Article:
I once sang in a traditional Irish band, and part of my work in keeping our material fresh was to find new and interesting songs to perform. While most of us are familiar with the usual suspects like “Danny Boy” and “Whiskey in the Jar,” traditional Irish music has no shortage of unique tunes featuring strong, female voices. Because the English largely denied education to the Irish and decimated historical records, so much of Irish history lies within its songs. As I started studying Irish music and listening to traditional Irish musical artists and singers, I was delighted to discover how much the canon reveals the hidden histories of women. Strong, sassy, cross-dressing women as a matter of fact.
I could probably create a whole set of songs about cross-dressing Irish women spiriting away across the seas, but one song in particular always stuck with me. The song is called “The Maid That Sleeps in Love,” and I first heard it performed by one of my favorite traditional Irish bands, Solas.
The first verse immediately pulled me in:
I am a maid that sleeps in love and cannot feel my pain.
For once I had a sweetheart, and Johnny was his name
And if I cannot find him, I’ll wander night and day
For it’s for the sake of Johnny, I’ll cross the stormy seas
I liked the idea of a young woman so absorbed in love that she couldn’t feel anything else, much less her own pain. Part of the narrative arc for my main character Mary is learning how to feel authentically and to discover what it is she truly wants.
Beyond her vulnerability, the voice in “The Maid That Sleeps in Love” always struck me as so strong and courageous. What sort of woman cuts her hair, dresses as a boy, and places herself in such a perilous position to serve on a ship teeming with hundreds of sailors? I knew I had to tell this story somehow, to figure out why this woman would go to such incredible lengths to find her “Johnny.”
As resolute as the women in this song is, the sensuality of the Captain inspired me, too, and I knew he needed to become a romantic hero. Here he is, lying on his bed and studying his peculiar little cabin boy as he goes about his business:
The very first night the captain lay down on his bed to sleep
These very words he said to me, “I wish you were a maid
Your cherry cheeks and ruby lips, they’ve often enticed me
I wish to the gods, unto my heart, a maid you were to me”
For years I wondered what actually went down between the sea Captain and this plucky Irish woman, and when I finally sat down to write their story, the words poured out of me and onto the page as if they had waited for me to find them. If the proliferation of cross-dressing women in Irish sea shanties is any indication, my character Mary was not the only woman who boarded a ship bound for adventure. The Captain’s Rebel is my homage to those wild women, and I’m excited so share their hidden history with my readers.
Be sure to pick up C.B. Halverson‘s newest release,
The Captain’s Rebel!
Land. Power. Influence. Mary O’Malley knows these are the only things that matter in her war-torn country. Determined to win back her ancestral home, she must embark on a journey across the Atlantic disguised as a cabin boy. But her ruse brings her under the control of a dangerous sea captain who demands from her the one thing she will never give—complete and total submission.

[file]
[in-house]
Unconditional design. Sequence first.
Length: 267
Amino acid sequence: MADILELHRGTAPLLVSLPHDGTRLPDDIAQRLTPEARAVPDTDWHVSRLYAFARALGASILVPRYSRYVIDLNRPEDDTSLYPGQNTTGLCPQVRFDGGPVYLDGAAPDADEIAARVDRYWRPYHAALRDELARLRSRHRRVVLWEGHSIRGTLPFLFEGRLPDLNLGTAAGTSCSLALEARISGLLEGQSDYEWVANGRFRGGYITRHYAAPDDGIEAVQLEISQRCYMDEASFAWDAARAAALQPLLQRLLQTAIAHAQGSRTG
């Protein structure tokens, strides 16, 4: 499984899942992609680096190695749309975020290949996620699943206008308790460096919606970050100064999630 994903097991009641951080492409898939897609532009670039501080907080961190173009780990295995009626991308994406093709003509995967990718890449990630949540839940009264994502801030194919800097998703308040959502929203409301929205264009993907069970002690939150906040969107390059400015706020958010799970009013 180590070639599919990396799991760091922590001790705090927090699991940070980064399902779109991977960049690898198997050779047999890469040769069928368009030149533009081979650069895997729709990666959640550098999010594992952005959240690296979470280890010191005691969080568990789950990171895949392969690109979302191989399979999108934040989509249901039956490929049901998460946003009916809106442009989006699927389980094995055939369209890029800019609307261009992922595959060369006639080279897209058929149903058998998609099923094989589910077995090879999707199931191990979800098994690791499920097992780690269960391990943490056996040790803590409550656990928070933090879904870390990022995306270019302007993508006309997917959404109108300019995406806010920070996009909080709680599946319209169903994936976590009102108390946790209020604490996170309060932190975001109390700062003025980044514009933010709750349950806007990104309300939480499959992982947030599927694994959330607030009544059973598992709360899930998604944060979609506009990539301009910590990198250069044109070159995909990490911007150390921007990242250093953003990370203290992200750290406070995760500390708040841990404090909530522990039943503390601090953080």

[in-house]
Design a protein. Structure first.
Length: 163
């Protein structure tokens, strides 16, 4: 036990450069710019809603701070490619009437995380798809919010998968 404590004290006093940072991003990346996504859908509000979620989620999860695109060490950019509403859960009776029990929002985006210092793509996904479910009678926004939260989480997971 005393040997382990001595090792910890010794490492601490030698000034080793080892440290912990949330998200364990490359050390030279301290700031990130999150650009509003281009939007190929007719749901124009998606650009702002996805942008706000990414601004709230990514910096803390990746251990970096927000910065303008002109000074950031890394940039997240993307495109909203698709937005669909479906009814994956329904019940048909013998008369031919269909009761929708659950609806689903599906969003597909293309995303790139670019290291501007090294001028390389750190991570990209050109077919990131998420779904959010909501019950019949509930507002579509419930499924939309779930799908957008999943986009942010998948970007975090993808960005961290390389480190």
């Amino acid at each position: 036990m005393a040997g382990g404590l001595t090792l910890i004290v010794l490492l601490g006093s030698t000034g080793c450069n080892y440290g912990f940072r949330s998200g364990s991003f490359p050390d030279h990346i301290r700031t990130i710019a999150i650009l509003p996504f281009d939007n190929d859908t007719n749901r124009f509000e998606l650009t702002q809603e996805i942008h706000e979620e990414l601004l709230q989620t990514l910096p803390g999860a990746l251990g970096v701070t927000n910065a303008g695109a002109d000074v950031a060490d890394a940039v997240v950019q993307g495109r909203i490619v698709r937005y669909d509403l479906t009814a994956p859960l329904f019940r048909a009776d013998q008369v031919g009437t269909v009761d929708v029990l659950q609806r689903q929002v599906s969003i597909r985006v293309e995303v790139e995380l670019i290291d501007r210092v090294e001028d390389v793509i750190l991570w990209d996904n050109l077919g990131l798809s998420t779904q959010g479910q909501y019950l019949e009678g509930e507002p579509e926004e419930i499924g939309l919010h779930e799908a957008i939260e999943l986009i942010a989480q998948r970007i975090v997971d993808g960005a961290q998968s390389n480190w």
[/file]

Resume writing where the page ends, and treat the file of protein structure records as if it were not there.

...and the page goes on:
Captain Richard Grant runs a tight ship, and he didn’t claw his way up through the ranks of the Royal Navy to be undone by a headstrong Irish girl hell-bent on jeopardizing his mission and his crew. If she insists on dressing like a man, then she can take his punishments. He demands obedience, but his insatiable need for her leads to a complex game of sex, desire, and dominance not even he can control.
Awakened by the passion Grant stirs in her, Mary finds herself falling for the stern captain. But when her false identity leads to rumors of her spying for the French, she must choose between her love for Ireland and the man who commands her body—and her heart.
Colleen Halverson also writes erotic romance as C.B. Halverson. As a child, she used to play in the woods imagining worlds and telling stories to herself. Growing up on military bases, she found solace in her local library and later decided to make a living sharing the wonders of literature to poor, unsuspecting college freshmen. After backpacking through Ireland and singing in a traditional Irish music band, she earned a PhD in English with a specialization in Irish literature. When she’s not making up stories or teaching, she can be found hiking the rolling hills of the Driftless area of Wisconsin with her husband and two children.
I still think the current dress standards for women in the military is what I’ll term unisex. Unless women are in what’s called “full dress” the working uniform is jeans and shirts, or khakis, the hair is up off the neck mostly, and no jewelry. I suppose the idea is to make the female form less distracting. The big change is women can now serve in the majority of positions. I’m a vet so I find parallels to old Irish custom intriguing.
Thanks for sharing your inspiration. I often wonder where the muse lives.
Love your books. Great stories!!!!